On his 1925 Arctic expedition, Admiral Donald B. MacMillan used singing eskimos to test the effectiveness of short wave radio as a communication tool for the world's navies. His experiments are credited with helping to open up previously "useless" radio frequencies.
In the picture, MacMillan is second from right. The guy standing behind him is Eugene McDonald, founder of Zenith Radio Corporation. His company built the special short wave radio gear used on the expedition. All others in the picture are the singing eskimos.
News of the Weird has several ancestors. One is Strange As It Seems.
Strange as it Seems featured bizarre stories based on cartoons created by John Hix who was a staff artist at the Washington Herald. The comic strip Strange as it Seems was syndicated in American newspapers between 1928 and 1944. Strange as it Seems was comparable to Ripley's Believe It Or Not. Sponsored by Exlax in the 1930s and Palmolive Shave Cream when the show reappeared in 1947-1948.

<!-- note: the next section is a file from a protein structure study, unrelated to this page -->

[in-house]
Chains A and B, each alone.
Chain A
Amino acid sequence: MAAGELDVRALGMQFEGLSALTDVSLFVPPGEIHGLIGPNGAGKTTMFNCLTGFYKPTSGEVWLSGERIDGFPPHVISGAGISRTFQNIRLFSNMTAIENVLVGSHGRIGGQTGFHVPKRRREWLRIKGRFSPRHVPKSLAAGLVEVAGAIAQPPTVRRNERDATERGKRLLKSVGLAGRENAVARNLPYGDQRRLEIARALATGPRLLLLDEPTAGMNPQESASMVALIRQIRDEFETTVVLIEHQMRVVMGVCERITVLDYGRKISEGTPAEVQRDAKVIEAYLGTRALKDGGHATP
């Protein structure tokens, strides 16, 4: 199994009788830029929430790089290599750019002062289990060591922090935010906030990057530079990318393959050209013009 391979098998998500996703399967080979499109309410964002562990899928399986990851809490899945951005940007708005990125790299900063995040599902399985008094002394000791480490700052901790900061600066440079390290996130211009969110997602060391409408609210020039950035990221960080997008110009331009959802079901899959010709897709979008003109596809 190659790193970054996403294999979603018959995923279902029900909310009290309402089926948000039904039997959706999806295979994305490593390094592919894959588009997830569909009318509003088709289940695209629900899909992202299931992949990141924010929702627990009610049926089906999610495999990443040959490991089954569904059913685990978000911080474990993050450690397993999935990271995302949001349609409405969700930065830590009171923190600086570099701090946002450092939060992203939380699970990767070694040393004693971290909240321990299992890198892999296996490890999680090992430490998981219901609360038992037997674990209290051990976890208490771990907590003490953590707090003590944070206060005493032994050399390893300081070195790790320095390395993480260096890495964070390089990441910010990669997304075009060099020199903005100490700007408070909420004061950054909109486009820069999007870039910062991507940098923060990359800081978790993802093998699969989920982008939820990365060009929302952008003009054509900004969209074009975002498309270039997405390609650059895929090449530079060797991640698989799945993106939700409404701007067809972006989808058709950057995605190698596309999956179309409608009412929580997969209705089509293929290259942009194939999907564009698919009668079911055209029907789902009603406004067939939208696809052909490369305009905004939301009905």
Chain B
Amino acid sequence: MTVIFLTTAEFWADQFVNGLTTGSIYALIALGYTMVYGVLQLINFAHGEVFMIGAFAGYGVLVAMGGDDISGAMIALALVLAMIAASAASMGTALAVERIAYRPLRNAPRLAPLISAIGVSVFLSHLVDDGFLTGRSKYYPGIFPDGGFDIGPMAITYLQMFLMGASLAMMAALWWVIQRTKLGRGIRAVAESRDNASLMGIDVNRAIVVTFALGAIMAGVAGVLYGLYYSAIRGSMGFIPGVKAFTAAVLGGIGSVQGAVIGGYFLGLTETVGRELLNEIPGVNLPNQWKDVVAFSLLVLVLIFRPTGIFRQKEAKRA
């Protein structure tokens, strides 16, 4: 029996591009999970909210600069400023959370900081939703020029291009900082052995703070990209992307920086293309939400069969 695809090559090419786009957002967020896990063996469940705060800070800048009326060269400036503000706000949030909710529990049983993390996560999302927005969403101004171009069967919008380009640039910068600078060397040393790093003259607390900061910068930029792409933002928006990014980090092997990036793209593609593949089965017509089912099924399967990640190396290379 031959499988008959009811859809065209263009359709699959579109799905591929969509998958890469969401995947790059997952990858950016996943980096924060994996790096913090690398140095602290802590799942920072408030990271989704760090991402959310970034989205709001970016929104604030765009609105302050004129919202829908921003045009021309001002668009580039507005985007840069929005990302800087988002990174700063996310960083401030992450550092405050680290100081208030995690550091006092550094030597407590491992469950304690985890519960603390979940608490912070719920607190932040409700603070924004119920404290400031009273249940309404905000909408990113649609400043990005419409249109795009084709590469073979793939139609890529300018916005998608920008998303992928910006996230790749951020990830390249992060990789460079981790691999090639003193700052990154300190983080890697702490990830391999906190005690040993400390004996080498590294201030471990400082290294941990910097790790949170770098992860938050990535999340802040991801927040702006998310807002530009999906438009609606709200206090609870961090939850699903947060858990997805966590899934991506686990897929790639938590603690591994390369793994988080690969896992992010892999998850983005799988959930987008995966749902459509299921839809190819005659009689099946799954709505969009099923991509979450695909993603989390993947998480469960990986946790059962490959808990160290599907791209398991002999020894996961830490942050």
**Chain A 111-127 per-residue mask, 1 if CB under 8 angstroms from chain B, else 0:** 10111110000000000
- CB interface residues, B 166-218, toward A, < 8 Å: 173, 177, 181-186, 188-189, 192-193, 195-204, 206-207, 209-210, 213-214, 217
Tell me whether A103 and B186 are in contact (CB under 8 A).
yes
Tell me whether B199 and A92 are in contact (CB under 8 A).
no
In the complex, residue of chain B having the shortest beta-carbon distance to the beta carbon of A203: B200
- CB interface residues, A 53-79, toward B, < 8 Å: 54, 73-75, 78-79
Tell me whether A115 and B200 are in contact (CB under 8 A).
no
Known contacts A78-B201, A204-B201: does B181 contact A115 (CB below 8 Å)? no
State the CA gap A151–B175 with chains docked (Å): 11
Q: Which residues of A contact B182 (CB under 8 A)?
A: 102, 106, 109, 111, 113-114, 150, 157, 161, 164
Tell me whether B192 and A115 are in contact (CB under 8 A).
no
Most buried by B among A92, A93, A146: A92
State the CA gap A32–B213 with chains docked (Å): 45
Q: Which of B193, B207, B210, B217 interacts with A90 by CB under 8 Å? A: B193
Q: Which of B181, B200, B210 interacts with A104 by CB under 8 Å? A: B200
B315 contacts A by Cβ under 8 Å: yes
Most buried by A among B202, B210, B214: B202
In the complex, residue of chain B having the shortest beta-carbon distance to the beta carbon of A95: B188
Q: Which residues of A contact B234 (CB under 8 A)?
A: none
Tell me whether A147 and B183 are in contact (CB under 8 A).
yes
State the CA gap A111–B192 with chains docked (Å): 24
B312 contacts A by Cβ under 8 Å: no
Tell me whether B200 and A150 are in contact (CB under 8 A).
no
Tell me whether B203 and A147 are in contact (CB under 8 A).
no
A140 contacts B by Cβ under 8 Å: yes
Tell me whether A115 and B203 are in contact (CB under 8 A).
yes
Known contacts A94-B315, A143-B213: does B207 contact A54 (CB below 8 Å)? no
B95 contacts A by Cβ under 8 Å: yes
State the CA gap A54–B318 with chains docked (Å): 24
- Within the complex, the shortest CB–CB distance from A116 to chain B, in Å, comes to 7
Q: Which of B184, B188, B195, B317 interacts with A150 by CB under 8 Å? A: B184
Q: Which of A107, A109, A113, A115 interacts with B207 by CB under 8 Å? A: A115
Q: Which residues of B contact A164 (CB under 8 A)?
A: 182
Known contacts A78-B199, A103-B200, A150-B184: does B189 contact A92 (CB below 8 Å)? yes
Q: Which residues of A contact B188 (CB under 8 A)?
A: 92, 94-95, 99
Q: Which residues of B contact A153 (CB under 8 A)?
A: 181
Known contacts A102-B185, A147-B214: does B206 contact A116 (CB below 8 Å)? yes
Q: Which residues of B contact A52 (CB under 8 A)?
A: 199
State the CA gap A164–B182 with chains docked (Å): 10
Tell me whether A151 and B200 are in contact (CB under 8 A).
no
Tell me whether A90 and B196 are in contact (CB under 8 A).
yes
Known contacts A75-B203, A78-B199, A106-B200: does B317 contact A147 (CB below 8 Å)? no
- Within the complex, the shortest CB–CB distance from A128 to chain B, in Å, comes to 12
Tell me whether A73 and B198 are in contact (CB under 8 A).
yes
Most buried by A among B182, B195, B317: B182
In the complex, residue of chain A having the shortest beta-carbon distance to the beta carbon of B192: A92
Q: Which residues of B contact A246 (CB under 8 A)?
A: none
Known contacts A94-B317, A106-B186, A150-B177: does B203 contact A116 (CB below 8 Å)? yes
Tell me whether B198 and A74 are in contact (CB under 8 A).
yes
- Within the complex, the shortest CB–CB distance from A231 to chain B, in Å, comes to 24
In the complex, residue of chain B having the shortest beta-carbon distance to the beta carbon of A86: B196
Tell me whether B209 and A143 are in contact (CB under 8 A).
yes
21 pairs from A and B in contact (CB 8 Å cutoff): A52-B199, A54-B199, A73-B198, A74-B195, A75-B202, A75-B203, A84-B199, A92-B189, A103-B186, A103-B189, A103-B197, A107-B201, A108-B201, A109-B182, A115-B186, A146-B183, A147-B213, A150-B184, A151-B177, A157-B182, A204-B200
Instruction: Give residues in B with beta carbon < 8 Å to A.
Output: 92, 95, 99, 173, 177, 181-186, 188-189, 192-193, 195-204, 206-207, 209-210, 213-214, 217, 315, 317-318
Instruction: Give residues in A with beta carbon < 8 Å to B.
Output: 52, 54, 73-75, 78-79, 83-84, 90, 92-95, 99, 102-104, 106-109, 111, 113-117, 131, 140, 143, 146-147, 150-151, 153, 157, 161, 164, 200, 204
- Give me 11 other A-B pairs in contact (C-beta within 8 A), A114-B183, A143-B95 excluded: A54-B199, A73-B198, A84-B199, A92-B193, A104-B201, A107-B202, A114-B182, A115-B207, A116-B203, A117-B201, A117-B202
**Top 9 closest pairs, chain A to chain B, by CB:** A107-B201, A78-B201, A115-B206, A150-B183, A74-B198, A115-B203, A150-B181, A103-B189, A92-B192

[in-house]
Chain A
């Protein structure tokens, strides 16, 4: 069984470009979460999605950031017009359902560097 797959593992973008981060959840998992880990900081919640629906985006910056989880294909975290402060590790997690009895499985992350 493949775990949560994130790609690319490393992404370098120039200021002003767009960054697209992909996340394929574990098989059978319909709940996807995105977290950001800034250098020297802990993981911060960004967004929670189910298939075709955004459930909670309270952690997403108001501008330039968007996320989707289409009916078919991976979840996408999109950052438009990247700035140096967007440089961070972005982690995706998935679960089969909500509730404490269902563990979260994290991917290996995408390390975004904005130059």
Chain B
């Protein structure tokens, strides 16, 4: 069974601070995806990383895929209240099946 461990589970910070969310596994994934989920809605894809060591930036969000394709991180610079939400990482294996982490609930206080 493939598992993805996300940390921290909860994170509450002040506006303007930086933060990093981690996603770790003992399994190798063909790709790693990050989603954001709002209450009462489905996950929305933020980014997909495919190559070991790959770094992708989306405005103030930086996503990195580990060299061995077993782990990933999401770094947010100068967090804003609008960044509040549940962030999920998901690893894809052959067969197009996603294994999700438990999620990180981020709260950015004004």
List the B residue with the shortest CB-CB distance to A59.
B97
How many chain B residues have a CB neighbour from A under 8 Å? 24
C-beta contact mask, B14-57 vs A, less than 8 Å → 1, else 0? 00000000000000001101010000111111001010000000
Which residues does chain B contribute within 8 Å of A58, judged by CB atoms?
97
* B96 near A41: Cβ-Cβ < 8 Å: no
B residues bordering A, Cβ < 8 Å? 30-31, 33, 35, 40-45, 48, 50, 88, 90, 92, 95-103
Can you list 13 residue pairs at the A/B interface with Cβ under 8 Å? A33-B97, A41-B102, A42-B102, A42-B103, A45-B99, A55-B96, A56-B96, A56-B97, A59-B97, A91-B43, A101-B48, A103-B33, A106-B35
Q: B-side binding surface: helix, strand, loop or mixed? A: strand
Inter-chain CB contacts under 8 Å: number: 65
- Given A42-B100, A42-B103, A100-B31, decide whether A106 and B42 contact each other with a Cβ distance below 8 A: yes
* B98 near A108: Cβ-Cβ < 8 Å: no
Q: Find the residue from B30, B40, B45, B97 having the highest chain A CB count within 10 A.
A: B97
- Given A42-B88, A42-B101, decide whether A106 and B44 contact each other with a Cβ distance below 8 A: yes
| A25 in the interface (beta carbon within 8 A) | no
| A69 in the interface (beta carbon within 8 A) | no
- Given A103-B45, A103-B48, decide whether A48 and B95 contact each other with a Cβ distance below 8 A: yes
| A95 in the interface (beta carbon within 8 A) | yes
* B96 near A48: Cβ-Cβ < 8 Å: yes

The brand has recently been revivied, and features a YouTube Channel. Check it out!
Paul Di Filippo
Paul has been paid to put weird ideas into fictional form for over thirty years, in his career as a noted science fiction writer. He has recently begun blogging on many curious topics with three fellow writers at The Inferior 4+1.
Chuck is the purveyor of News of the Weird, the syndicated column which for decades has set the gold-standard for reporting on oddities and the bizarre.
Our banner was drawn by the legendary underground cartoonist Rick Altergott.